Whisk egg, salt and 1 teaspoon oil in a cup. Add water and flour and knead until you have smooth and elastic dough, about 5 to 7 minutes. You can do this in your food processor with the dough blade. Turn it off when the mixture is forming a ball. Cover with a kitchen towel and let rest for 30 minutes.
Combine all the ingredients, and mix thoroughly by hand or using a fork. You can also put it through the meat grinder but don’t process in the blender or food processor, unless you have a special setting for meat.
Roll out the dough 2mm thick, cut out rounds 6 to 7cm in diametre (I use a wine glass for this). Keep the rest of the mixture covered with a tea towel to keep it soft and pliable. Place ½ to 1 teaspoon of filling on one side of the circle. Seal the edge using fingers, forming a crescent. Join the ends and pinch them together.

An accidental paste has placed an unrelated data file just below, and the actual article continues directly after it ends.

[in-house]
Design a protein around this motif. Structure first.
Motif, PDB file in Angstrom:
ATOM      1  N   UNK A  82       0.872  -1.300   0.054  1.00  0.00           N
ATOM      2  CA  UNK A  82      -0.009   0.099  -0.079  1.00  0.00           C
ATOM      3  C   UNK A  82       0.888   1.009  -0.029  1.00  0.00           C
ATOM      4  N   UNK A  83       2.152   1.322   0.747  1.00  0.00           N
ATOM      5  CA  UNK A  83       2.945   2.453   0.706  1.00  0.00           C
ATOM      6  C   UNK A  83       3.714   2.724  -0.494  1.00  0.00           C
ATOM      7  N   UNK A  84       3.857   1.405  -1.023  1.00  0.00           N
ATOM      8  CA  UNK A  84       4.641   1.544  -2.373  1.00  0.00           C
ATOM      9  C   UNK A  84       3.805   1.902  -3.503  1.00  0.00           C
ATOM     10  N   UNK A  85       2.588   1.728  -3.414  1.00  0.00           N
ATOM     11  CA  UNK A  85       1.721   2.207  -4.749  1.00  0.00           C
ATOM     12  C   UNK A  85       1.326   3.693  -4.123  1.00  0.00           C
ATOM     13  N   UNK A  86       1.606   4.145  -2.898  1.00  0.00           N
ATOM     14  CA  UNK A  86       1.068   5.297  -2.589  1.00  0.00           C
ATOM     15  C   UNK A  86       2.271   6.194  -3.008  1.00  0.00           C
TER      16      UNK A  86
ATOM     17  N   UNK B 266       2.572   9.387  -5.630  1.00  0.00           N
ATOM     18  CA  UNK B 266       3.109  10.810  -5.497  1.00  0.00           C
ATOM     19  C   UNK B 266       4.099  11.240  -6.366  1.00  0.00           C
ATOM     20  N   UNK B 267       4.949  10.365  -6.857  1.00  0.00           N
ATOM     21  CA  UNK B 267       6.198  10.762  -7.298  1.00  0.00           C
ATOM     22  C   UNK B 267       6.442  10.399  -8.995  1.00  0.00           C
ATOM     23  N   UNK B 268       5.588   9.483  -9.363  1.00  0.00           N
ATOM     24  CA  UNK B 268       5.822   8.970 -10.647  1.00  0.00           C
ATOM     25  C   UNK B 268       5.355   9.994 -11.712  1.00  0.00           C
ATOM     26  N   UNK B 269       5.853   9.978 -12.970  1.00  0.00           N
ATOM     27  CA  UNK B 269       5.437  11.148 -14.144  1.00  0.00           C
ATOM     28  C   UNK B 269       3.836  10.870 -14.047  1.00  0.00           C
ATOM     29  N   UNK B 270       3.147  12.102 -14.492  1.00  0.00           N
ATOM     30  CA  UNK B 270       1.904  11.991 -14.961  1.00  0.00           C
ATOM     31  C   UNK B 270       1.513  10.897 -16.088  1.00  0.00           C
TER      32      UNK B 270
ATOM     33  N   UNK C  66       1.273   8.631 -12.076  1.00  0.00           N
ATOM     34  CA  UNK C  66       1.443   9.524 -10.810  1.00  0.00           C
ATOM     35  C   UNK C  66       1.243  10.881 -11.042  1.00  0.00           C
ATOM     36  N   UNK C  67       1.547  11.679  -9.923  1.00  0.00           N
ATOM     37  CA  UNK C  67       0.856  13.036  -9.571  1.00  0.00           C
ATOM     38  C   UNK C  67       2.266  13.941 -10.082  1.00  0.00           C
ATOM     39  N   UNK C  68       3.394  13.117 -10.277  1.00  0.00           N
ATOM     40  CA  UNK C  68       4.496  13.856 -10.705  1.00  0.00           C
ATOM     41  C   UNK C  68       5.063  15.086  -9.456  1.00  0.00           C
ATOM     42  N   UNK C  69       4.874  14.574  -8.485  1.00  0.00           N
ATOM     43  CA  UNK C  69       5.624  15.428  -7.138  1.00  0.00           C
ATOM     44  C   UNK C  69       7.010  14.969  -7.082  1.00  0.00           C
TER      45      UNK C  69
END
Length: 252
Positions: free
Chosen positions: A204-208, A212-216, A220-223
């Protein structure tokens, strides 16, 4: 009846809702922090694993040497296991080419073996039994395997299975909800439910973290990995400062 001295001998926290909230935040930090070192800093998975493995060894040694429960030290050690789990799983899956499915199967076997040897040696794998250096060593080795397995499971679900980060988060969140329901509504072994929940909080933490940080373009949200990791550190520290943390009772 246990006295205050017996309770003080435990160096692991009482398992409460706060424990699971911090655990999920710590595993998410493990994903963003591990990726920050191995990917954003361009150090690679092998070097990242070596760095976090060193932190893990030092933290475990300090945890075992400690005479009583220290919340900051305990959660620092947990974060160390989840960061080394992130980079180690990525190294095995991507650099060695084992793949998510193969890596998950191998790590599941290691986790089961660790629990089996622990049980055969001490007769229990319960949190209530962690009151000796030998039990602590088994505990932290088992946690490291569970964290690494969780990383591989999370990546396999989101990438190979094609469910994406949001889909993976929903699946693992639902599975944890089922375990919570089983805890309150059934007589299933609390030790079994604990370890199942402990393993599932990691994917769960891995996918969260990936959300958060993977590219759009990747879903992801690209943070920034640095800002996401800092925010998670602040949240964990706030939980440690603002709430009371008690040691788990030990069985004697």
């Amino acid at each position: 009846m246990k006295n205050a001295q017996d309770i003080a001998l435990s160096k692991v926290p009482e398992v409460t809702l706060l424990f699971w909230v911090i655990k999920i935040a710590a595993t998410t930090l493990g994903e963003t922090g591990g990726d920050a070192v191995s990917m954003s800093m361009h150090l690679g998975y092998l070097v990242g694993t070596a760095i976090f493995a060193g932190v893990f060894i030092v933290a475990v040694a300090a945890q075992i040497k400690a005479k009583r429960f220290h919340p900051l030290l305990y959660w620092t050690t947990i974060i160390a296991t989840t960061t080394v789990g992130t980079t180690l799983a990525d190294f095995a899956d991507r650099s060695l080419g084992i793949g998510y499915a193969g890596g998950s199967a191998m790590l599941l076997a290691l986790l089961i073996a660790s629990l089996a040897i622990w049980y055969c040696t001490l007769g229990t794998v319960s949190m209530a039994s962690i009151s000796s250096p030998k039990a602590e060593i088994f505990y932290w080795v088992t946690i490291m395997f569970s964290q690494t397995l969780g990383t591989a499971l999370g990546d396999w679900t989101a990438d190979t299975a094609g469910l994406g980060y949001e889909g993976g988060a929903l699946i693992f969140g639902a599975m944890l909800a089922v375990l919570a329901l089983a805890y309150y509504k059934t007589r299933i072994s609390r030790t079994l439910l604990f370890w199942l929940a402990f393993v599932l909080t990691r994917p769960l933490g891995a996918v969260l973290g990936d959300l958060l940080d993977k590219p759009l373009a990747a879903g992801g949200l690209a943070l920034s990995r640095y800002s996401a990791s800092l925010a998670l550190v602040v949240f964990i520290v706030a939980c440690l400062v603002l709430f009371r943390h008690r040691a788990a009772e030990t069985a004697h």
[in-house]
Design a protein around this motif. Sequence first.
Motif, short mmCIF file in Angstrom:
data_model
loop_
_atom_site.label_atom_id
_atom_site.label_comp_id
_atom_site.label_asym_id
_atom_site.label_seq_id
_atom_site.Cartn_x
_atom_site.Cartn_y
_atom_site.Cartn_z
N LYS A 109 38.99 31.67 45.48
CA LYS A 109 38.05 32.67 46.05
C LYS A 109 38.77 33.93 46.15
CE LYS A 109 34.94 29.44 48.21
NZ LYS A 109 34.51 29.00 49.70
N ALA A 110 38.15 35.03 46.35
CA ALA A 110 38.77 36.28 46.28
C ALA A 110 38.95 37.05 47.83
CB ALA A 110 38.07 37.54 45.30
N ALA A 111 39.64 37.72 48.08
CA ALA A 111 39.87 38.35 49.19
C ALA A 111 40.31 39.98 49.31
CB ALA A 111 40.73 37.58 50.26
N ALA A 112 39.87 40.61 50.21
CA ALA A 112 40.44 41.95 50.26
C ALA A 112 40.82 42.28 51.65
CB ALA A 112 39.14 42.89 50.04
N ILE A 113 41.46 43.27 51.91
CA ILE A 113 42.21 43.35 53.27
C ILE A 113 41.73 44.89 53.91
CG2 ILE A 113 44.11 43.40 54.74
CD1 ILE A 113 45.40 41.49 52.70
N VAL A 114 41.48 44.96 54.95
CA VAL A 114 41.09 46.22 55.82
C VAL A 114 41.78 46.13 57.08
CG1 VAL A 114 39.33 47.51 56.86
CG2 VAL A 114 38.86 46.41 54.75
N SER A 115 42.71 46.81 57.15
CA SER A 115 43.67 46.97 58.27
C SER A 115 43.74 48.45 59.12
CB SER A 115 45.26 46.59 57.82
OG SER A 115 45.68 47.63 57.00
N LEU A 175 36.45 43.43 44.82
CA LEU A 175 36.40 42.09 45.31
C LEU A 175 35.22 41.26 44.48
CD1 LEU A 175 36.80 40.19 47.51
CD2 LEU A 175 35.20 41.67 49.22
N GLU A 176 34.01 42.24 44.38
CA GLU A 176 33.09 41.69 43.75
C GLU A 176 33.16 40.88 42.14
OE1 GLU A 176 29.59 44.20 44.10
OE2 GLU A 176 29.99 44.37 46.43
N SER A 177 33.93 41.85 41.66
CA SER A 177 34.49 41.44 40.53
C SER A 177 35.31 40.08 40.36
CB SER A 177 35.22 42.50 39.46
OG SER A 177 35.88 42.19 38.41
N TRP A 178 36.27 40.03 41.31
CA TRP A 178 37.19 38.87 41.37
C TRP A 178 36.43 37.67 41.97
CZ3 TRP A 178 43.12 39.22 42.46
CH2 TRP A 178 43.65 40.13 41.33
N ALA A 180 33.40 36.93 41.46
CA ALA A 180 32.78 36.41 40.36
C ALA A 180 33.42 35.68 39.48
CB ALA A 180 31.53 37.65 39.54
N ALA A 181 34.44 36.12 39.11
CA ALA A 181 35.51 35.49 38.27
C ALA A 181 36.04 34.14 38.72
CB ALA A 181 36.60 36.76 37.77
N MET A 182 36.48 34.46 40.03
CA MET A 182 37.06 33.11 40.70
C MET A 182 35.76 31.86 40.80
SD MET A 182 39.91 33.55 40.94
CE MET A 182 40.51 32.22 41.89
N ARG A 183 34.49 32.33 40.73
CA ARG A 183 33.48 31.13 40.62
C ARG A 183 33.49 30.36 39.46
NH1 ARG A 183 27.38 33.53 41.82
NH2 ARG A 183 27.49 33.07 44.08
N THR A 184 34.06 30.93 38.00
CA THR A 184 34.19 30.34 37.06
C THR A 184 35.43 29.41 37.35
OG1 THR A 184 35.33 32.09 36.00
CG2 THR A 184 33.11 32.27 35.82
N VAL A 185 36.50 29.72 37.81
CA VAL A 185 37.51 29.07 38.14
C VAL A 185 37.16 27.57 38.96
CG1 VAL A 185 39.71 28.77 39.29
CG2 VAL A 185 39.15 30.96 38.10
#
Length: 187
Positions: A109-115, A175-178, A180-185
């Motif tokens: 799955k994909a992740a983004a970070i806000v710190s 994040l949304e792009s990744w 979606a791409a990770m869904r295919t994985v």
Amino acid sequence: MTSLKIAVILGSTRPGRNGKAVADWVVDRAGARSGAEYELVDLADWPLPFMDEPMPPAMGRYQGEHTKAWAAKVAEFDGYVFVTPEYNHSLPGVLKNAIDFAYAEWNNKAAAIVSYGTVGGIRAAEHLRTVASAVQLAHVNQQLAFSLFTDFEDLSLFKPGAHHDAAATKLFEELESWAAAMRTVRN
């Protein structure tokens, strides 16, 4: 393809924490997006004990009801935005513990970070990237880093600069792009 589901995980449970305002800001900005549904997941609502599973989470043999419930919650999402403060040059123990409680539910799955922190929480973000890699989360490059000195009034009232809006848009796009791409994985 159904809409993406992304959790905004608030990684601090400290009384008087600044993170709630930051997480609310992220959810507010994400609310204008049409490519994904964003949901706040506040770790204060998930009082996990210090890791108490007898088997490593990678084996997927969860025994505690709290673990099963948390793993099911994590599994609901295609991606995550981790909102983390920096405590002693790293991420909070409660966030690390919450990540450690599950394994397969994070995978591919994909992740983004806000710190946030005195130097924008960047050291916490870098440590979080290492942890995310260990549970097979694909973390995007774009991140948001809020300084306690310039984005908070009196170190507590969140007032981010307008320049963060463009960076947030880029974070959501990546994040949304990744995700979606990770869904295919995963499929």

Roll out dough 3mm thick, on a table dusted with flour. You should end up with a circle slightly bigger than the mould. Place rolled out dough onto the mould with the floured side down (the side looking up should be sticky). Place about 1 teaspoon filling into every section. Cover with another dough layer and sprinkle with flour on top. Roll over the top with your rolling pin, until pelmeni start popping out of the mould. Gather the rest of the dough, add to it a new portion, and roll out again, repeating the process until all the dough is used up.
Arrange the prepared pelmeni on a baking tray lightly dusted with flour. Place in a freezer for 30 minutes (to prevent sticking), then store in a sealable plastic bag or a container with a tight fitting lid.
Drop small batches of frozen pelmeni into simmering and slightly salted water, stir, so that pelmeni do not stick to each other. Cook until pelmeni float, then boil for additional 5 to 7 minutes and remove onto plate using slotted spoon. Or, fry frozen pelmeni in melted butter (you can also add bacon) – like pierogi. Pelmeni are usually served with soured cream or vinegar.